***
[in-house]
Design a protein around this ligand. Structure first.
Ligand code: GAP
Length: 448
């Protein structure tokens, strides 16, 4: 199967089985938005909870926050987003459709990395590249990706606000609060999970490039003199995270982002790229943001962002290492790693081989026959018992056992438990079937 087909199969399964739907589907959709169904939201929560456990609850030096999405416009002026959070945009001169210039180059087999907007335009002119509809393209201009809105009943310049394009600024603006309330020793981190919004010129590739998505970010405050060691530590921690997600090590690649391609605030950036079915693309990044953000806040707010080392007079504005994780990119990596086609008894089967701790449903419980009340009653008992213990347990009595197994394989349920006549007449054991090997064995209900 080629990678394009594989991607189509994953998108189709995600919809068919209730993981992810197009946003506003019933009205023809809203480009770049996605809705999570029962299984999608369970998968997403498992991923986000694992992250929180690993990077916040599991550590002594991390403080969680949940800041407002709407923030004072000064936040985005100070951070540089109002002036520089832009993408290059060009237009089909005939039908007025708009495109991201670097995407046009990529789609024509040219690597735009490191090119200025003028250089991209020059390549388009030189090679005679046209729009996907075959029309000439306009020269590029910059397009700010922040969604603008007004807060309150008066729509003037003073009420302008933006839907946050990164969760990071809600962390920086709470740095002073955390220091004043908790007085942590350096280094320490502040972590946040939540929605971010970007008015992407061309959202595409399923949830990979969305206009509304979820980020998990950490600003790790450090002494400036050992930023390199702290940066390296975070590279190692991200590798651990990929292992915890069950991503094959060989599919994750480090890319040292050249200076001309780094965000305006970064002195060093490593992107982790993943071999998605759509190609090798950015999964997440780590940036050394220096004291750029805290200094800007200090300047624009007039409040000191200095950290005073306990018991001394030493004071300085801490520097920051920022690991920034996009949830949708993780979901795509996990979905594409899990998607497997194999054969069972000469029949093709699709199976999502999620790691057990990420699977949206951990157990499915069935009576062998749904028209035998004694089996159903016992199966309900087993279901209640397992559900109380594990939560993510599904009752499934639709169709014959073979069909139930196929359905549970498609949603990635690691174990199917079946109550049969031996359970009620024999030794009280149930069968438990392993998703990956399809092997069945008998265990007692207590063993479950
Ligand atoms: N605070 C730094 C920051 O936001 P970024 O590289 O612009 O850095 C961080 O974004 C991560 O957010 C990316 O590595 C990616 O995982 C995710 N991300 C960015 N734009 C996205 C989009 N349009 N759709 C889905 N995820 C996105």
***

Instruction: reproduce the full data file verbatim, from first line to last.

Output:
[in-house]
Design a protein around this ligand. Structure first.
Ligand code: GAP
Length: 448
């Protein structure tokens, strides 16, 4: 199967089985938005909870926050987003459709990395590249990706606000609060999970490039003199995270982002790229943001962002290492790693081989026959018992056992438990079937 087909199969399964739907589907959709169904939201929560456990609850030096999405416009002026959070945009001169210039180059087999907007335009002119509809393209201009809105009943310049394009600024603006309330020793981190919004010129590739998505970010405050060691530590921690997600090590690649391609605030950036079915693309990044953000806040707010080392007079504005994780990119990596086609008894089967701790449903419980009340009653008992213990347990009595197994394989349920006549007449054991090997064995209900 080629990678394009594989991607189509994953998108189709995600919809068919209730993981992810197009946003506003019933009205023809809203480009770049996605809705999570029962299984999608369970998968997403498992991923986000694992992250929180690993990077916040599991550590002594991390403080969680949940800041407002709407923030004072000064936040985005100070951070540089109002002036520089832009993408290059060009237009089909005939039908007025708009495109991201670097995407046009990529789609024509040219690597735009490191090119200025003028250089991209020059390549388009030189090679005679046209729009996907075959029309000439306009020269590029910059397009700010922040969604603008007004807060309150008066729509003037003073009420302008933006839907946050990164969760990071809600962390920086709470740095002073955390220091004043908790007085942590350096280094320490502040972590946040939540929605971010970007008015992407061309959202595409399923949830990979969305206009509304979820980020998990950490600003790790450090002494400036050992930023390199702290940066390296975070590279190692991200590798651990990929292992915890069950991503094959060989599919994750480090890319040292050249200076001309780094965000305006970064002195060093490593992107982790993943071999998605759509190609090798950015999964997440780590940036050394220096004291750029805290200094800007200090300047624009007039409040000191200095950290005073306990018991001394030493004071300085801490520097920051920022690991920034996009949830949708993780979901795509996990979905594409899990998607497997194999054969069972000469029949093709699709199976999502999620790691057990990420699977949206951990157990499915069935009576062998749904028209035998004694089996159903016992199966309900087993279901209640397992559900109380594990939560993510599904009752499934639709169709014959073979069909139930196929359905549970498609949603990635690691174990199917079946109550049969031996359970009620024999030794009280149930069968438990392993998703990956399809092997069945008998265990007692207590063993479950
Ligand atoms: N605070 C730094 C920051 O936001 P970024 O590289 O612009 O850095 C961080 O974004 C991560 O957010 C990316 O590595 C990616 O995982 C995710 N991300 C960015 N734009 C996205 C989009 N349009 N759709 C889905 N995820 C996105």